Zarahemla

From Wikipedia, the free encyclopedia
  (Redirected from Land of Zarahemla)
Jump to navigation Jump to search

According to the beliefs of The Church of Jesus Christ of Latter-day Saints, Zarahemla (/ˌzærəˈhɛmlə/)[1] refers to a large city in the ancient Americas which is described in the Book of Mormon.[2] Archaeologists and historians have not been able to archaeologically verify a location for any such city. (See Archaeology and the Book of Mormon for more detail about the archaeological debate between Mormons and archaeologists.)

Mormon studies[edit]

Some Mormons speculate that the name "Zarahemla" is a compound Biblical Hebrew name זֶרַע חֶמְלָה Zéraʻ Ḥemlah meaning "seed of compassion". Others interpret the name differently.[3]

Hugh Nibley relates the name to a 'red city'[4]

It always got me because there's an important trading centre in the middle of the Sahara that goes by the name of 'Dar Al-Hamra' which means 'the Red City'. Of course it depends on the dialect. Zarahemla means 'red city', but what attracts me about it is that the Hopis say that their people came from the 'great red city of the south' when it was destroyed.

Narrative[edit]

According to the Book of Mormon, the Nephite Mosiah and his followers "discovered that the people of Zarahemla came out from Jerusalem at the time that Zedekiah king of Judah, was carried away captive into Babylon" (about 587 B.C.)[5] The Book of Mormon relates that the surviving seed of Zedekiah "journeyed in the wilderness, and were brought by the hand of the Lord across the great waters" to the Western Hemisphere.[6] The book of Omni in the Book of Mormon tells how Zarahemla and his people came to settle the land of Zarahemla in the New World. Mosiah and his refugee people presumably united with the people of Zarahemla sometime between 279 and 130 B.C. "Mosiah was appointed to be their king."[7] Mosiah thereafter presided in the land of Zarahemla over a people called collectively "the Nephites". The Land of Zarahemla was the Nephite capital for many years.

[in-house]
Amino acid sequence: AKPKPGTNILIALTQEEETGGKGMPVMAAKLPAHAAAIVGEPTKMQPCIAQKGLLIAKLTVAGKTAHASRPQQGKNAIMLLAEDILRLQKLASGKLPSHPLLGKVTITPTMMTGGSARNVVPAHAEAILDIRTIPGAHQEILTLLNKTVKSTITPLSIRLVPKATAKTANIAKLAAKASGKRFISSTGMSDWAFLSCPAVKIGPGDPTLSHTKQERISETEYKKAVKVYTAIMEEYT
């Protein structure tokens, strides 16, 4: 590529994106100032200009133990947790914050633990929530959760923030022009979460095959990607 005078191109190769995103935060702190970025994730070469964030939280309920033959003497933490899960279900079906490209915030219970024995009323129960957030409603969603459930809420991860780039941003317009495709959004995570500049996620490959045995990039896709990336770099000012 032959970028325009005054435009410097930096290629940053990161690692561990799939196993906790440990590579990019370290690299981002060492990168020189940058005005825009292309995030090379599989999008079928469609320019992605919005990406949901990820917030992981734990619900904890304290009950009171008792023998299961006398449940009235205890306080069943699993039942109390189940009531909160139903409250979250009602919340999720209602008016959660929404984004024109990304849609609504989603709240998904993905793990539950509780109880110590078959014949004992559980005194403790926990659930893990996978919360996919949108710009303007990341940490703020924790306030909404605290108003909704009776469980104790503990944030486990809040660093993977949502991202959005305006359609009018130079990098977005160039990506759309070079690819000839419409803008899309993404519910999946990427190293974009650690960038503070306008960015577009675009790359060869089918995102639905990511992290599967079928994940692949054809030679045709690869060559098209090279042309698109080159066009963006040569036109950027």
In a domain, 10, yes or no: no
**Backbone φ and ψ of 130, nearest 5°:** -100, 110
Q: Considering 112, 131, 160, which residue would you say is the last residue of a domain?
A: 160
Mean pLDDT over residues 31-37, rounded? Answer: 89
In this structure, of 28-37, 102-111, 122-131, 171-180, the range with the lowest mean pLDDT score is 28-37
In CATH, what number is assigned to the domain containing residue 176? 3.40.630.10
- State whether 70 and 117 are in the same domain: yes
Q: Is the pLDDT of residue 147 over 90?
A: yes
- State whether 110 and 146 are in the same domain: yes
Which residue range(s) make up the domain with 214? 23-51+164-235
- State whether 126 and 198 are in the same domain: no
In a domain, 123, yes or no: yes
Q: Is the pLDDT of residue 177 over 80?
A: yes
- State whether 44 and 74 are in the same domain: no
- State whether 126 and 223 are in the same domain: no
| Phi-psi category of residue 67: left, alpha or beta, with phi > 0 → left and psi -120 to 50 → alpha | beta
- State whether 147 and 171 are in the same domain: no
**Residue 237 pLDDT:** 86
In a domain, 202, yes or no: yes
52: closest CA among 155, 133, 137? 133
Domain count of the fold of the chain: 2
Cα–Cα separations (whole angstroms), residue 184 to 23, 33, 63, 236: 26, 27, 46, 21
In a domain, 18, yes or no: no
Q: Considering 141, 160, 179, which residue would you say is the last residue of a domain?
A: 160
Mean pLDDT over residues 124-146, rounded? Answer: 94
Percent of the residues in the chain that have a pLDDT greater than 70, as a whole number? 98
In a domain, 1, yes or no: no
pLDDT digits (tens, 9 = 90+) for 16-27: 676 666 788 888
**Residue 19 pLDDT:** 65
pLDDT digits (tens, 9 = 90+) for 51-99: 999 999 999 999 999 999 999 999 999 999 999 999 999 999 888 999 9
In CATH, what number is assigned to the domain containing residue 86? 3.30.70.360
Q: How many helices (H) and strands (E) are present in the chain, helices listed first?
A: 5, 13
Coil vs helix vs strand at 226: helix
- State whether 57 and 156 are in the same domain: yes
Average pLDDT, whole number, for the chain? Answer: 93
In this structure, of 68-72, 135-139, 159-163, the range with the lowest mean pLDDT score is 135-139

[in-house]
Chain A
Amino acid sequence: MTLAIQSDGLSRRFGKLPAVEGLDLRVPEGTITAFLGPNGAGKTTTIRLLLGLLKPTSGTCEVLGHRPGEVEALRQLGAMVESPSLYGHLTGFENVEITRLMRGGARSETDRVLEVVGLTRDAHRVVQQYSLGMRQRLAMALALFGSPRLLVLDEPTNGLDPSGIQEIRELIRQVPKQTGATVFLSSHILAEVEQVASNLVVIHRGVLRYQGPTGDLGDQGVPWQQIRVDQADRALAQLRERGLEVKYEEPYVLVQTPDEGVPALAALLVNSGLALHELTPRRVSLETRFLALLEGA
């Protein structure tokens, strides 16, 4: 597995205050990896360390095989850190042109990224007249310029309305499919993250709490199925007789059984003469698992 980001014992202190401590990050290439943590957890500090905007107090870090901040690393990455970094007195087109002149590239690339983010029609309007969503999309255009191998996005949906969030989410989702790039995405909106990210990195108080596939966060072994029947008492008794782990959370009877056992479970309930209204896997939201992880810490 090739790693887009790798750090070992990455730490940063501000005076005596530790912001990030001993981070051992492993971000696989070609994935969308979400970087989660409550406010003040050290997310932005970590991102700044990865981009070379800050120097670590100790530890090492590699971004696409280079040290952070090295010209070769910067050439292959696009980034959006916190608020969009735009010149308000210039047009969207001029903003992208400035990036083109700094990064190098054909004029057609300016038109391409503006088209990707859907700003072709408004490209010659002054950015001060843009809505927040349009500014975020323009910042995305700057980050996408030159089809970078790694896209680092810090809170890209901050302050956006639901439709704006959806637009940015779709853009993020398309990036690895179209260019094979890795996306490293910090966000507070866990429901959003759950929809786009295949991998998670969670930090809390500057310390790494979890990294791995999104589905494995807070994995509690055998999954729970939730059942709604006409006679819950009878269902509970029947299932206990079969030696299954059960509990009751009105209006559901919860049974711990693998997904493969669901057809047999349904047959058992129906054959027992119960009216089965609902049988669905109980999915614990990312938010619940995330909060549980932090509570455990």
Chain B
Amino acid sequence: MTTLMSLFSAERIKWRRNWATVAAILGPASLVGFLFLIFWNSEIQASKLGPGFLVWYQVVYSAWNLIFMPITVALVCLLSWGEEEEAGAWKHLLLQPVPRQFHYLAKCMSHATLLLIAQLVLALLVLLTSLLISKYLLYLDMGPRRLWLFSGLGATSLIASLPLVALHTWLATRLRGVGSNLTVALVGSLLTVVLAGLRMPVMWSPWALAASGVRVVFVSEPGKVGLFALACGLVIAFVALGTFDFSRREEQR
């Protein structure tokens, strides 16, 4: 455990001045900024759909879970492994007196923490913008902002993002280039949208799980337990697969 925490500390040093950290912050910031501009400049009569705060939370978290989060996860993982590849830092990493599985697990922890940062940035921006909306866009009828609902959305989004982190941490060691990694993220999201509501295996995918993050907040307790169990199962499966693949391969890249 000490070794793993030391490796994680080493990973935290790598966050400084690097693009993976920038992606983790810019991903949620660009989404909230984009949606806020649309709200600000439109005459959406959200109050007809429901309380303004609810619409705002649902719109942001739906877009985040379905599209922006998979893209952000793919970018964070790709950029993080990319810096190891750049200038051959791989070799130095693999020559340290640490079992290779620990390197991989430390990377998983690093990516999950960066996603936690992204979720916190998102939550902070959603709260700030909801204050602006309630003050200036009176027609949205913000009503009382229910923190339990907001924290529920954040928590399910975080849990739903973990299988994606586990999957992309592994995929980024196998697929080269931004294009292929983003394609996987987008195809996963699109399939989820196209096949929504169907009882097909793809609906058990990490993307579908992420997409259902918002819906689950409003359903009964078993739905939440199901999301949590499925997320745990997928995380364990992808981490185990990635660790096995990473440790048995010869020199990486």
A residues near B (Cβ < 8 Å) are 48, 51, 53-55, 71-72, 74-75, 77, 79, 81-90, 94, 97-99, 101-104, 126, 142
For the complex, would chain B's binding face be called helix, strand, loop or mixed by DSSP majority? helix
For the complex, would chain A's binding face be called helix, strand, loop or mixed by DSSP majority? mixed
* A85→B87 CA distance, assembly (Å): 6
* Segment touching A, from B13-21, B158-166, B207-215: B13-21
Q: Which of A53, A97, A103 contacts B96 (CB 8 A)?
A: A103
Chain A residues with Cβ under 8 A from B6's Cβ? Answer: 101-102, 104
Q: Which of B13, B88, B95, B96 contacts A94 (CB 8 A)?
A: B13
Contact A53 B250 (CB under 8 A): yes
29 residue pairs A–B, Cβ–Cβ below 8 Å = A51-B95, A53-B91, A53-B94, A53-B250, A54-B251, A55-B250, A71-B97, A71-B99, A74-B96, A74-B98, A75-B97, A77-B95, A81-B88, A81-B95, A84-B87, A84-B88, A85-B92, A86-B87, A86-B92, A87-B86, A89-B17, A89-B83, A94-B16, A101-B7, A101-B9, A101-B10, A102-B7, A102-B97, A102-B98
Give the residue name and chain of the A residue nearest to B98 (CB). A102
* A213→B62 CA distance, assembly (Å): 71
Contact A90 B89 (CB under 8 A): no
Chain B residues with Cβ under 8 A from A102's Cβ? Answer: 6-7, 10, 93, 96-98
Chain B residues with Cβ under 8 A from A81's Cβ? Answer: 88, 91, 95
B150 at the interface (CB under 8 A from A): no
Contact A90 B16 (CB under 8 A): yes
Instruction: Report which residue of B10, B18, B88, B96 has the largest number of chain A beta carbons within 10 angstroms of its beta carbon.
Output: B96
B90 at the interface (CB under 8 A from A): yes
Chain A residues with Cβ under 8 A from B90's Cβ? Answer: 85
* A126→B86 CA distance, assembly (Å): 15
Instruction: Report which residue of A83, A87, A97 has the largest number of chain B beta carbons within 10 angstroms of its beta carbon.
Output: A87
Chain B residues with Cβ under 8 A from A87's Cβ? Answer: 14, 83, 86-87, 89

Notable Book of Mormon descendants of the leader Zarahemla include Ammon the venturer and Coriantumr the dissenter. Ammon led a quest in search of a colony that had left the land of Zarahemla in order to resettle a city named Lehi-Nephi.[8] The dissenter Coriantumr led the Lamanites in battle against the Nephites in the first century B.C.[9]

At some point before Mosiah discovered Zarahemla, the people of Zarahemla had discovered Coriantumr (not to be confused with the later Nephite dissenter of the same name). According to the Book of Mormon, Coriantumr was the last of a destroyed nation called the Jaredites. Coriantumr stayed with the people of Zarahemla "for the space of nine moons" (Omni 1:21) before dying and being buried by them (Ether 13:21).

Benjamin succeeded his father Mosiah as the second Nephite king of Zarahemla. King Benjamin was victorious in driving Lamanites enemies from the Zarahemla region.[10]